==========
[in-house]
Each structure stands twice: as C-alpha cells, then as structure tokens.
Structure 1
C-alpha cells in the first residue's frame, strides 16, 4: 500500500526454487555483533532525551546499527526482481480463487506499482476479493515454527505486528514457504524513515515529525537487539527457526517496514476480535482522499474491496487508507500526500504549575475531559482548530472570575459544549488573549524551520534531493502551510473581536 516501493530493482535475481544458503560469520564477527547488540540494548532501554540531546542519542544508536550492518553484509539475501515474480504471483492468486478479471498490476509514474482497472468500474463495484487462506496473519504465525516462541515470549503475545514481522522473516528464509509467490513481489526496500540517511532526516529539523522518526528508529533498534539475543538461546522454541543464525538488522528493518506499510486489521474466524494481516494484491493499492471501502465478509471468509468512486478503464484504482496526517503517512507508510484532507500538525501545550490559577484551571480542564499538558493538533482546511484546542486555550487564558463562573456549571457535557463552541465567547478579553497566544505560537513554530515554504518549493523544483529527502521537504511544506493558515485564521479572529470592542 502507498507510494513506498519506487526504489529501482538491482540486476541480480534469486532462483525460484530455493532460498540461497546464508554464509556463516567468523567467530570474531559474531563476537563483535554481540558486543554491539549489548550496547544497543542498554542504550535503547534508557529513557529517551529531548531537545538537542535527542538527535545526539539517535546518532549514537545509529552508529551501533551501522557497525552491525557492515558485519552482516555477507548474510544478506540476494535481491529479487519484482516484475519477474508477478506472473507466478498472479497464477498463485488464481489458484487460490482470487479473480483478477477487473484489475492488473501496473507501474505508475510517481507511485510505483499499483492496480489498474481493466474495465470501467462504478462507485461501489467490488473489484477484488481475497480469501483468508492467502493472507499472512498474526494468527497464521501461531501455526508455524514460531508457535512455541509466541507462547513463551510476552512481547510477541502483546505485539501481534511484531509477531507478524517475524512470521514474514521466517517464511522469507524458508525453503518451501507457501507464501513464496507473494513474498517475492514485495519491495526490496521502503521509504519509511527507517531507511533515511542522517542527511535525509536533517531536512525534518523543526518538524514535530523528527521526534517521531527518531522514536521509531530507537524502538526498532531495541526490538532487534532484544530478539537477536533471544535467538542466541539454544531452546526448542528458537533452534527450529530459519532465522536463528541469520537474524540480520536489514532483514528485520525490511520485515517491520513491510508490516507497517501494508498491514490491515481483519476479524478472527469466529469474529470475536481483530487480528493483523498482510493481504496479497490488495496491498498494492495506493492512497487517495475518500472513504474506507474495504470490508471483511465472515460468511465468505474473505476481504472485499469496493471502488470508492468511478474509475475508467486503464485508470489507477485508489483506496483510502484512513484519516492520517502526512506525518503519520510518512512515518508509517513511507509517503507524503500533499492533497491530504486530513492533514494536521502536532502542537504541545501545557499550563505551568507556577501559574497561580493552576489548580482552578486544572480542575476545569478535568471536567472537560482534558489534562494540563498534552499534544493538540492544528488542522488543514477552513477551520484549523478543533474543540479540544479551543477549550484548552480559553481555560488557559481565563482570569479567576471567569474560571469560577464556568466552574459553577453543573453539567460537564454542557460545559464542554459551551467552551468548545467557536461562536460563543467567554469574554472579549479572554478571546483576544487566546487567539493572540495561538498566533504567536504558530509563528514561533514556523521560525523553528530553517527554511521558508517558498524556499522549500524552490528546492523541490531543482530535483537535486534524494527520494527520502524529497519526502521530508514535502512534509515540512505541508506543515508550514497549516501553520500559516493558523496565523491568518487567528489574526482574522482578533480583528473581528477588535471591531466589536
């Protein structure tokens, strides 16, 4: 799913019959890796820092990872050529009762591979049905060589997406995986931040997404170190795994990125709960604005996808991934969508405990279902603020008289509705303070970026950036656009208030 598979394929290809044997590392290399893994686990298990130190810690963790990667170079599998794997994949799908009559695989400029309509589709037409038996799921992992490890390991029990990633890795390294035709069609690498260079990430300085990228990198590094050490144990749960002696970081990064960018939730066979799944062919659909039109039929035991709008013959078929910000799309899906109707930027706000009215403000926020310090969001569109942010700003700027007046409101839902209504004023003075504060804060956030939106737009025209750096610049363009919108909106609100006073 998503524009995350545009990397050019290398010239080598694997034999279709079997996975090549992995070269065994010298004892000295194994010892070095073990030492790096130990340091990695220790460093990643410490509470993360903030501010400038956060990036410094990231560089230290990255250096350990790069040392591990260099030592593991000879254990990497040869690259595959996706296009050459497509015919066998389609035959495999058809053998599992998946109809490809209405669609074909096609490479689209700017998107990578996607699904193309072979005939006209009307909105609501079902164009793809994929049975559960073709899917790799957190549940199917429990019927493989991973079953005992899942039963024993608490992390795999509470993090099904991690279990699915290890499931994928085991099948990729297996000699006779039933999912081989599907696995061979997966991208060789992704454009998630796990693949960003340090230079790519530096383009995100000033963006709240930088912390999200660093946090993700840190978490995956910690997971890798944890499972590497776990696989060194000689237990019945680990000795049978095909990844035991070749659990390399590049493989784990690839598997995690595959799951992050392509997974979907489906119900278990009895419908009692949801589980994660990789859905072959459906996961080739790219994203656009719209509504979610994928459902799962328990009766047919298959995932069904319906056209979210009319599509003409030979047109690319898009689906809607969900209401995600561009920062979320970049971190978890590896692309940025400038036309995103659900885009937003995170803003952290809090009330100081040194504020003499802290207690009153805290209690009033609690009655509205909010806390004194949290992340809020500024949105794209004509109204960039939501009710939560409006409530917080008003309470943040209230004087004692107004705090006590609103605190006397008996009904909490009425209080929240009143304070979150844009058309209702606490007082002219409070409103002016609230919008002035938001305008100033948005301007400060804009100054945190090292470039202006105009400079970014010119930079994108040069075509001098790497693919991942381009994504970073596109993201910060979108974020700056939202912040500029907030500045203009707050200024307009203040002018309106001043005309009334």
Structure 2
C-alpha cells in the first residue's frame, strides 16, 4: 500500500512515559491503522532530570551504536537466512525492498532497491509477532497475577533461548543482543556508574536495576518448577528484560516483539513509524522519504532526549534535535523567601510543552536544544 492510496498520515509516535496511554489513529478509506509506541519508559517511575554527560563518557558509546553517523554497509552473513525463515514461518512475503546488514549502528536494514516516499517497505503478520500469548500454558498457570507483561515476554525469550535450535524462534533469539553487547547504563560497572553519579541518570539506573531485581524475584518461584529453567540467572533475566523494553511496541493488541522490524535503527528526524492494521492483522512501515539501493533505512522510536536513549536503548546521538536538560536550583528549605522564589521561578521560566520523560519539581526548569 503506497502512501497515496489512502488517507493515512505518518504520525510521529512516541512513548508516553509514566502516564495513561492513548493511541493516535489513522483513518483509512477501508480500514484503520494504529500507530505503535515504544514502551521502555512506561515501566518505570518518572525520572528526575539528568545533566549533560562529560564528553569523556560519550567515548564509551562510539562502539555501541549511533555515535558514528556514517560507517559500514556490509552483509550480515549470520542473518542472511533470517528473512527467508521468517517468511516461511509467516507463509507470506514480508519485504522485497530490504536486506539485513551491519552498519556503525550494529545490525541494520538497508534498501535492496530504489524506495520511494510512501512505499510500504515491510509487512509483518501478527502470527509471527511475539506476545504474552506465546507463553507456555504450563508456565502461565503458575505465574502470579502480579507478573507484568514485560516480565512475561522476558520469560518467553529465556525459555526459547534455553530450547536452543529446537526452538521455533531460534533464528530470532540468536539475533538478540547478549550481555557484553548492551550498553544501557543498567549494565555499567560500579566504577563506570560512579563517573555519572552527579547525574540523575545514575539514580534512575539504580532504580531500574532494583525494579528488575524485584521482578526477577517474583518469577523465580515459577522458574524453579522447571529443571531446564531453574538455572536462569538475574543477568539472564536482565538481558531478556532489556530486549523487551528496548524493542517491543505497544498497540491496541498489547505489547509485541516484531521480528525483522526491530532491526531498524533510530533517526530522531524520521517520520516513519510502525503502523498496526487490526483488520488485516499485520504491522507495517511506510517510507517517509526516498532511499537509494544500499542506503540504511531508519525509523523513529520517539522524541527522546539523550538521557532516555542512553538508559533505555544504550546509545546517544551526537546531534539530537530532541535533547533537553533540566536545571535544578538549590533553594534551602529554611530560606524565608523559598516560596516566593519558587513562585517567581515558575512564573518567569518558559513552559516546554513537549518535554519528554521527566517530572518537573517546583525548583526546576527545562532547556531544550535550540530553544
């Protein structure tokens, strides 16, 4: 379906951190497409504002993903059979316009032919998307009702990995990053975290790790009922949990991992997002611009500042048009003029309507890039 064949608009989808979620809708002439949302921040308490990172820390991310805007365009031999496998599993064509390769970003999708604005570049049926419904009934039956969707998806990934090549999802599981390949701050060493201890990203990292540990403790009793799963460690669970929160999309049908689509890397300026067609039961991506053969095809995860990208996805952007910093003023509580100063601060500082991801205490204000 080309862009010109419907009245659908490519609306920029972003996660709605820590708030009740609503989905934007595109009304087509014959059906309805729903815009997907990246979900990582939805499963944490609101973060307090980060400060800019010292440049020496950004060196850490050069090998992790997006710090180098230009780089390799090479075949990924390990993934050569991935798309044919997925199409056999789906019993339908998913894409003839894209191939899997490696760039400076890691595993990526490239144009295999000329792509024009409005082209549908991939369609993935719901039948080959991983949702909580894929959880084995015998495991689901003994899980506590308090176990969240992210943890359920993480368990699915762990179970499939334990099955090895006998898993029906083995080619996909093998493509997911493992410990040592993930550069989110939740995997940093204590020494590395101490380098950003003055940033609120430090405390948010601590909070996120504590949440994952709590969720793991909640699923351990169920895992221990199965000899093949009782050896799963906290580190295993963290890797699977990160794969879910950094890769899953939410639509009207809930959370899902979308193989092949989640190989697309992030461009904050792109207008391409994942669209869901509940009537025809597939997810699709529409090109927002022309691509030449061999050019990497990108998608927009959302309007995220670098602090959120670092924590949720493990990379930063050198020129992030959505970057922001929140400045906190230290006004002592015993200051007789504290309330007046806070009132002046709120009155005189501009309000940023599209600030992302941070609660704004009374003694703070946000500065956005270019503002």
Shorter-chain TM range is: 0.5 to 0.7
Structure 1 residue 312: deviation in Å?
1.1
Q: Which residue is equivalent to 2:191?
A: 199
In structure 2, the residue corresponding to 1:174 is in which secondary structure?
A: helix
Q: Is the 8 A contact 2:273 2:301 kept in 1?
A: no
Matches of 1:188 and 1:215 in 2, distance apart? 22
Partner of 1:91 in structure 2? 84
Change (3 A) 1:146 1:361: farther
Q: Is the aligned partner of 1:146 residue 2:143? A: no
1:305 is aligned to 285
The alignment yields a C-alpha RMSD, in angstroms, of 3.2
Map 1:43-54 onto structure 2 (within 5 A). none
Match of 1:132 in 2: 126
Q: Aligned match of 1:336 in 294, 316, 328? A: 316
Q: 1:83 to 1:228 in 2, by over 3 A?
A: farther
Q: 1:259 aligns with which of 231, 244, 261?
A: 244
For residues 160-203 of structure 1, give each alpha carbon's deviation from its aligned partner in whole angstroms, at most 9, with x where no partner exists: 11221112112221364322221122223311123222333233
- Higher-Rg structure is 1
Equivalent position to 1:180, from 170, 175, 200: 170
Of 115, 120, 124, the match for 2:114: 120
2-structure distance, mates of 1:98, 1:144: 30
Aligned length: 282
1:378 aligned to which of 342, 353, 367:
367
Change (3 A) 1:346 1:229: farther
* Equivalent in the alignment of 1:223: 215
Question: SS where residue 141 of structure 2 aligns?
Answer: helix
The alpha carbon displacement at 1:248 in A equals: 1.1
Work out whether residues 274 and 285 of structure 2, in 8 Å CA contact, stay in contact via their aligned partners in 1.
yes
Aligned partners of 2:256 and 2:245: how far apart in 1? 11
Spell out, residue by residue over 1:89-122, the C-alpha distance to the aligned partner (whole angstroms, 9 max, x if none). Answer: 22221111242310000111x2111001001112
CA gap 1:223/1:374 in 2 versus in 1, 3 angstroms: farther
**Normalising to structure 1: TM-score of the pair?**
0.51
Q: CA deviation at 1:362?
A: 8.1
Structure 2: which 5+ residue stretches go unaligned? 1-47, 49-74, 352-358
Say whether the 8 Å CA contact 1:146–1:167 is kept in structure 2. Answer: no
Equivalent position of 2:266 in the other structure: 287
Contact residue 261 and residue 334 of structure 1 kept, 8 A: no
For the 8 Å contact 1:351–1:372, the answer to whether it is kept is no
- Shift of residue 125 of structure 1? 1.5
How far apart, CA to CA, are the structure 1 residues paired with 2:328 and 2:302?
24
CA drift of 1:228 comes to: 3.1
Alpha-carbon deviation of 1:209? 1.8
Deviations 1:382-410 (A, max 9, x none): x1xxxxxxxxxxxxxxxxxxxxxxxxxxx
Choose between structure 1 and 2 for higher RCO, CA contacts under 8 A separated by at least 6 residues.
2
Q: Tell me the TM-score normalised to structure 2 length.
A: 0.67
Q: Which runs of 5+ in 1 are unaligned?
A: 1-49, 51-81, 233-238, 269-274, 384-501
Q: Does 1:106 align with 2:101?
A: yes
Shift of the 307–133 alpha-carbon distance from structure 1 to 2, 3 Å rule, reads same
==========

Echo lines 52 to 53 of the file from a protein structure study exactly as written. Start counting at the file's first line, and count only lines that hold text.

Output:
A: 8.1
Structure 2: which 5+ residue stretches go unaligned? 1-47, 49-74, 352-358